Has the Rate of Extensive Surgery to Treat Idiopathic Clubfoot Declined in the United States?

Zionts, Lewis E.; Zhao, Guofen; Hitchcock, Kristin; Maewal, Jaya; Ebramzadeh, Edward
April 2010
Journal of Bone & Joint Surgery, American Volume;Apr2010, Vol. 92-A Issue 4, p882
Academic Journal
Background: In the late 1990s, renewed interest emerged in less invasive treatment options, most notably the Ponseti method, to correct idiopathic clubfoot deformity. Recently, reports from several centers have demonstrated that such minimally invasive techniques may be used reliably to correct this complex deformity. The present study sought to determine whether the rate of extensive surgical releases to treat idiopathic clubfoot in the United States has decreased. Methods: We used data from the Centers for Disease Control and Prevention and the Nationwide Inpatient Sample to determine the number of live births, the number of patients diagnosed with clubfoot, and the number of extensive surgical releases that were performed each year from 1996 to 2006. The trends over time were evaluated with use of regression analysis, and changes in frequency were analyzed with use of time series analysis. The percentage of clubfeet that were treated with surgery in each year was calculated by dividing the number of surgical release procedures by the number of clubfoot diagnoses. Results: Between 1996 and 2006, the estimated number of patients under six months of age diagnosed with clubfoot remained fairly constant, averaging 2140 infants per year. The linear equation estimated a slight decrease of approximately thirty-one infants with clubfoot per year (R2 = 0.51, p < 0.05). In contrast, in the same decade, the estimated number of surgical releases performed in patients less than twelve months of age decreased substantially, from 1641 releases in 1996 to 230 releases in 2006. The linear equation estimated a decrease of approximately 157 surgical releases per year (R2 = 0.83, p < 0.05). The trend analysis indicated that the percentage of clubfeet treated with surgical release generally decreased over time at a rate of 6.7% per year, decreasing from just over 70% in 1996 to just over 10% in 2006 (R2 = 0.81, p < 0.05). Conclusions: In the United States between 1996 and 2006, the rate of extensive surgery to treat idiopathic clubfoot in patients less than twelve months old decreased substantially. This trend is likely due to an increased use of less invasive techniques, such as the Ponseti method, which a growing body of evidence has shown to be a viable treatment option for clubfoot.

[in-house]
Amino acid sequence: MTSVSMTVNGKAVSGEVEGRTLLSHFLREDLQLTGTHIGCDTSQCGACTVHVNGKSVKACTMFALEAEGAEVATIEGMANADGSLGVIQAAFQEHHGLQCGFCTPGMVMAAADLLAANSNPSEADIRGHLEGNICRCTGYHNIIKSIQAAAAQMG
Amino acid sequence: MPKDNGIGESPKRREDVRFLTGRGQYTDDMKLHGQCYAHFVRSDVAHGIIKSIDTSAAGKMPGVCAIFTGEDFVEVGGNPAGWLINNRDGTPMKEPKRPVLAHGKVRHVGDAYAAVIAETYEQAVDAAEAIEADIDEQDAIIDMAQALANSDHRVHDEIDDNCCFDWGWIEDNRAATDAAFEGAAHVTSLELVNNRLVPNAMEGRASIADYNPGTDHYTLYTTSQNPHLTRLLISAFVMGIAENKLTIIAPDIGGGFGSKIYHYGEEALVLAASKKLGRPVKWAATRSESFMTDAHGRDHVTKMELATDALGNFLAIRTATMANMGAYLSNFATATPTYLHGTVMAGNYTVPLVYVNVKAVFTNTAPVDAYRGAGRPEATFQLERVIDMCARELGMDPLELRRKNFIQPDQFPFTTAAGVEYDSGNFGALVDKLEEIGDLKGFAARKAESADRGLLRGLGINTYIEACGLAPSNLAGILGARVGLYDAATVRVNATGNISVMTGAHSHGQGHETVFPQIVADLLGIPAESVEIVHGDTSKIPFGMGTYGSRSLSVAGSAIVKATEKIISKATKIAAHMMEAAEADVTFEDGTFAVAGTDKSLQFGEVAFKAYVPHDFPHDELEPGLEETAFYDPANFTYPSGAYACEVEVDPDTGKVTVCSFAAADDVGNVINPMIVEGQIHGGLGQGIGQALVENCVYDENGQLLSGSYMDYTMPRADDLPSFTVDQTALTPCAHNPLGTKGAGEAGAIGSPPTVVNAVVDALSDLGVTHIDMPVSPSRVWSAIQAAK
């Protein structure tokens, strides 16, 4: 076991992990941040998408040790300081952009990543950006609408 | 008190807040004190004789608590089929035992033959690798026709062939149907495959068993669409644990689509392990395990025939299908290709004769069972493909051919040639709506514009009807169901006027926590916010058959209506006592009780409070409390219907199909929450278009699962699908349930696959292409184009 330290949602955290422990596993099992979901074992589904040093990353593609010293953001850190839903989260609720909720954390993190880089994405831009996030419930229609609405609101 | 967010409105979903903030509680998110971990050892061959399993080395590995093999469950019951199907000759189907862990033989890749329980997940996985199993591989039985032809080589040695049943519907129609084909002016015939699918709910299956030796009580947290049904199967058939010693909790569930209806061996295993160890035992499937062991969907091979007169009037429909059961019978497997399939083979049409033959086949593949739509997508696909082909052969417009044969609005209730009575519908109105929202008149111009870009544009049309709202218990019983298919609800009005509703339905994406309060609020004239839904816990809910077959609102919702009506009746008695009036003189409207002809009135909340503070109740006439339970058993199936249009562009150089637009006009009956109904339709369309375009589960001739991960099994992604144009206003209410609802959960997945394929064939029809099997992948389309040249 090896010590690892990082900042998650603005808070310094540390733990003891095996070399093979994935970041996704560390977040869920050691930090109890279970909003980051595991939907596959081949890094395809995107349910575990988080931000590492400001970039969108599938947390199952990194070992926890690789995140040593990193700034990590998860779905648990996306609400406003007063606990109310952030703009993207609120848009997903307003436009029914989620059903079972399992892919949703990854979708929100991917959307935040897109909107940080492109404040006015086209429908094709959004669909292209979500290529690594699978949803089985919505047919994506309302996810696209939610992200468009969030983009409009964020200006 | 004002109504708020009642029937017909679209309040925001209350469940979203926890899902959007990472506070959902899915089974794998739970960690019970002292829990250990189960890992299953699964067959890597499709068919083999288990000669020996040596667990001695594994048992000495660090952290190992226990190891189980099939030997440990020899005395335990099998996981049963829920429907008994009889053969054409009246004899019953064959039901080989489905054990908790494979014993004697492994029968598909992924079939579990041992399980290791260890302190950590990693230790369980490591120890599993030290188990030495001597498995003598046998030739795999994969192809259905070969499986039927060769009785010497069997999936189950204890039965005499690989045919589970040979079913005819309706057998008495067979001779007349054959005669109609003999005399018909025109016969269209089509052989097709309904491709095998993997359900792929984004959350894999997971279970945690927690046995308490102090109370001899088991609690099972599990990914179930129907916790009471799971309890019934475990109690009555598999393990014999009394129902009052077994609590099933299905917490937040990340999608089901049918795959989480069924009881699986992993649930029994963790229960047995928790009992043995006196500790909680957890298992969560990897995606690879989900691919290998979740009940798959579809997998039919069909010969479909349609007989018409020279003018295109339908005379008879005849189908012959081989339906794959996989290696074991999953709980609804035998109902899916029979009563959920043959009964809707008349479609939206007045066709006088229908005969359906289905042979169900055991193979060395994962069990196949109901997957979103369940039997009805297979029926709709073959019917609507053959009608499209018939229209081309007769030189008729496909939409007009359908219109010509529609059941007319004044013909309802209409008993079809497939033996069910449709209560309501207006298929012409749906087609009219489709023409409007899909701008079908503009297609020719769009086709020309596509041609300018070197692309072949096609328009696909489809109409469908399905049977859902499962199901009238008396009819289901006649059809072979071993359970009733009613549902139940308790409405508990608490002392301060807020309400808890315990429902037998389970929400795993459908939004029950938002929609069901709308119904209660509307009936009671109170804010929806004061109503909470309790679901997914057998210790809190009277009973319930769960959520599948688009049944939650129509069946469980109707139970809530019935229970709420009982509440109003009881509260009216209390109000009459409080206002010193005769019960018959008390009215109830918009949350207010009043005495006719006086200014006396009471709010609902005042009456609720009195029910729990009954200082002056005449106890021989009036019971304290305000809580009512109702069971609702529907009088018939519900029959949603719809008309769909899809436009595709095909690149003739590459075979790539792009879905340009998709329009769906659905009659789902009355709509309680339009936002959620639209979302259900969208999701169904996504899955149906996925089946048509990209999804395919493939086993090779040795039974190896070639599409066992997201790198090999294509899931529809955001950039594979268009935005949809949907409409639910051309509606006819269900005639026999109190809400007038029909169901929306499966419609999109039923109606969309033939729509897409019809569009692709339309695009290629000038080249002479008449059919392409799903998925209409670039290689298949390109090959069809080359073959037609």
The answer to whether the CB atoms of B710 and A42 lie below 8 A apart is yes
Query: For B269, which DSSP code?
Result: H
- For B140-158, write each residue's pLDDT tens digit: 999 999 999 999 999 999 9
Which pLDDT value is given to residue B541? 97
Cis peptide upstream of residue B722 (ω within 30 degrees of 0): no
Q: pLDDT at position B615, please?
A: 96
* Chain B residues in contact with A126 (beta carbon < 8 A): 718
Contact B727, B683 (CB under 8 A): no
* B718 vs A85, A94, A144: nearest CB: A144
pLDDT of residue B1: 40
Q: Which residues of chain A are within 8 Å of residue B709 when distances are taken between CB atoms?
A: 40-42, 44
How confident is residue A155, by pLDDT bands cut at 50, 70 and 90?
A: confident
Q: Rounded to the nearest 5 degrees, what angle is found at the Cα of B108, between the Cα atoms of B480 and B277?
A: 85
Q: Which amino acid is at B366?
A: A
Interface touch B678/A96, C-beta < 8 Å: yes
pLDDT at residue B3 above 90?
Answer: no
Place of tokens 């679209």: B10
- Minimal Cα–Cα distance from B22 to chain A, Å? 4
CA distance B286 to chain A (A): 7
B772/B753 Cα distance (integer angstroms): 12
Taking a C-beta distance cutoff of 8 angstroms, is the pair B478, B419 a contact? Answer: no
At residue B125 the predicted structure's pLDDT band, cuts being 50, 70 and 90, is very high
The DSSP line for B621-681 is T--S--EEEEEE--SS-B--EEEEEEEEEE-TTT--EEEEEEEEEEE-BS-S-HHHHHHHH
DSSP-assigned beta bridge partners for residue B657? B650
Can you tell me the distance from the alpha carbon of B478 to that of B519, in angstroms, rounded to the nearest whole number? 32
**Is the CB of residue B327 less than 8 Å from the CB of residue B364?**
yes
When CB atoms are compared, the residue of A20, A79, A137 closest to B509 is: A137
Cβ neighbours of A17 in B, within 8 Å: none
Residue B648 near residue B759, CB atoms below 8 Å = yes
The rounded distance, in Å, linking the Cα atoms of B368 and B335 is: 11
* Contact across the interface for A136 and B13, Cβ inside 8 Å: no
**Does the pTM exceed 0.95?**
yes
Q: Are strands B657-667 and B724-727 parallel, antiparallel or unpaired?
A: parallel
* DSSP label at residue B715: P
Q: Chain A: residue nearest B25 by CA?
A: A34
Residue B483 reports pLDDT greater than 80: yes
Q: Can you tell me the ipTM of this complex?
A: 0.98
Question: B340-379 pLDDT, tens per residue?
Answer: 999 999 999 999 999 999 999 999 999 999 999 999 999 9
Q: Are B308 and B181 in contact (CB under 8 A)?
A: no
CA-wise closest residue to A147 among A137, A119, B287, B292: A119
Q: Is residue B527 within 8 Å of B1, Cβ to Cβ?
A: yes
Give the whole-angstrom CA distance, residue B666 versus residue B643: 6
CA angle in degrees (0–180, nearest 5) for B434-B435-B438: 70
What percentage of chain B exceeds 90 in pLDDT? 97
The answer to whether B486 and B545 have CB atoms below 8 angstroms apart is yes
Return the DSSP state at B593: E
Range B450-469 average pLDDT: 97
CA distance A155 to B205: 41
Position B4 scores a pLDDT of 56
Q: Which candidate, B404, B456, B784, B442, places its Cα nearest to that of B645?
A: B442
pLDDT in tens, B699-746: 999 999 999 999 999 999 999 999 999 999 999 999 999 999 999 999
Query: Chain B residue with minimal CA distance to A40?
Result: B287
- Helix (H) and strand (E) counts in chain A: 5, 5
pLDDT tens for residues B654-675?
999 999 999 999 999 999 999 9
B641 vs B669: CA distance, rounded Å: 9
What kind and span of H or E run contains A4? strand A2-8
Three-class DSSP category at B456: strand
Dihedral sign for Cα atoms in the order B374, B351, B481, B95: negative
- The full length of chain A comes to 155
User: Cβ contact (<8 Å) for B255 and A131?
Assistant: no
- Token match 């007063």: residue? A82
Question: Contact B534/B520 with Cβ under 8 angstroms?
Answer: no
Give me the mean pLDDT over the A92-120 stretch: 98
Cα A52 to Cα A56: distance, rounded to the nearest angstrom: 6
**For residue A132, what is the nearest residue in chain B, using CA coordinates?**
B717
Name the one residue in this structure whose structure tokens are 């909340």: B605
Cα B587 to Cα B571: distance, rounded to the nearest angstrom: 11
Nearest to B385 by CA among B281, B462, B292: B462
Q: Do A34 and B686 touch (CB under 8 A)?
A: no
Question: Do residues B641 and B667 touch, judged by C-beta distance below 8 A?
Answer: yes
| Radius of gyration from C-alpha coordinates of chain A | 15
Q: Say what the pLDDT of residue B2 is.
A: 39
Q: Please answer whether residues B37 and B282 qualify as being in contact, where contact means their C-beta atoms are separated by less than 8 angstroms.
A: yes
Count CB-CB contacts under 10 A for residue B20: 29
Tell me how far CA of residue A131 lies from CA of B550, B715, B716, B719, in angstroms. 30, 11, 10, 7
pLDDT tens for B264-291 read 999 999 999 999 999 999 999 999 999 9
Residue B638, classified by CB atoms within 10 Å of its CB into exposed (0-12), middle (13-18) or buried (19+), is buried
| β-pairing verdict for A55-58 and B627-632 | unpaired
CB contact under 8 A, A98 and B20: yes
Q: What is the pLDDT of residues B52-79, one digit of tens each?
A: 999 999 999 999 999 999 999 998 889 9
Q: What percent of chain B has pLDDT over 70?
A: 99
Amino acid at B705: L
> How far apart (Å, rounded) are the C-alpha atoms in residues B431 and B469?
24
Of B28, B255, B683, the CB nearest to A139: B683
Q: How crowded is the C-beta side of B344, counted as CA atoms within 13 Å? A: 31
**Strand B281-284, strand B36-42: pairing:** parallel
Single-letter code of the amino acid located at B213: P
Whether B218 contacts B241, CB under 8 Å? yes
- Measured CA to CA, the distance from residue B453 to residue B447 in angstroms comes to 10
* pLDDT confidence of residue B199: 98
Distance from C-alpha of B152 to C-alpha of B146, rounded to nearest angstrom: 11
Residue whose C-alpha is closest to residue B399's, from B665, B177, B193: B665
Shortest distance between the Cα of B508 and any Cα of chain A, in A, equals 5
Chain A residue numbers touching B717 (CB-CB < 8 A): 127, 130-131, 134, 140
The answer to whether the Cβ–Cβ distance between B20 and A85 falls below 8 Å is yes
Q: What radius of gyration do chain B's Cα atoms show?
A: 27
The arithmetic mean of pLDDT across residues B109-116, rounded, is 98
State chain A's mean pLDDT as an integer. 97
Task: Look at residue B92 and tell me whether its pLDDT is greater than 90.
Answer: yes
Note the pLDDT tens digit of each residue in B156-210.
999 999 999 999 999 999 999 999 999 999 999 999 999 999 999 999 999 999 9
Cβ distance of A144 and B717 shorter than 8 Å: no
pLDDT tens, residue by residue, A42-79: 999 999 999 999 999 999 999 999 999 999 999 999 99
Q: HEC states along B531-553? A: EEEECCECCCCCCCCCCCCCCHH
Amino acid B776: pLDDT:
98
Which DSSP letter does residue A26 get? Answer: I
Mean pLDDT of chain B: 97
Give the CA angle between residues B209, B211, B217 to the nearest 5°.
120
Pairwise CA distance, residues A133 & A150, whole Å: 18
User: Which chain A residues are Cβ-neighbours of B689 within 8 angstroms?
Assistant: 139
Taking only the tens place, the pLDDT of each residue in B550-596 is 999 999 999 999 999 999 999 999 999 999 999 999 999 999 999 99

Related Articles

  • CORR Insights(®): What Is the Radiographic Prevalence of Incidental Kienböck Disease? Calfee, Ryan; Calfee, Ryan P // Clinical Orthopaedics & Related Research;Mar2016, Vol. 474 Issue 3, p814 

    The author presents a commentary on the article What Is the Radiographic Prevalence of Incidental Kienböck disease.? by Van Leeuwen and colleagues. Topics include occurrence of avascular necrosis of the lunate without associated symptoms, advanced disease progression which is more likely to...

  • What is the most effective treatment for external genital warts. French, Linda; Nashelsky, Joan // Journal of Family Practice;Apr2002, Vol. 51 Issue 4, p313 

    The article discusses the most effective treatment for external genital warts. Among the beneficial nonsurgical treatments in eradicating genital warts are podofilox and intralesional interferon. Both electrosurgery and surgical excision are superior to podophyllin in clinical trials, although...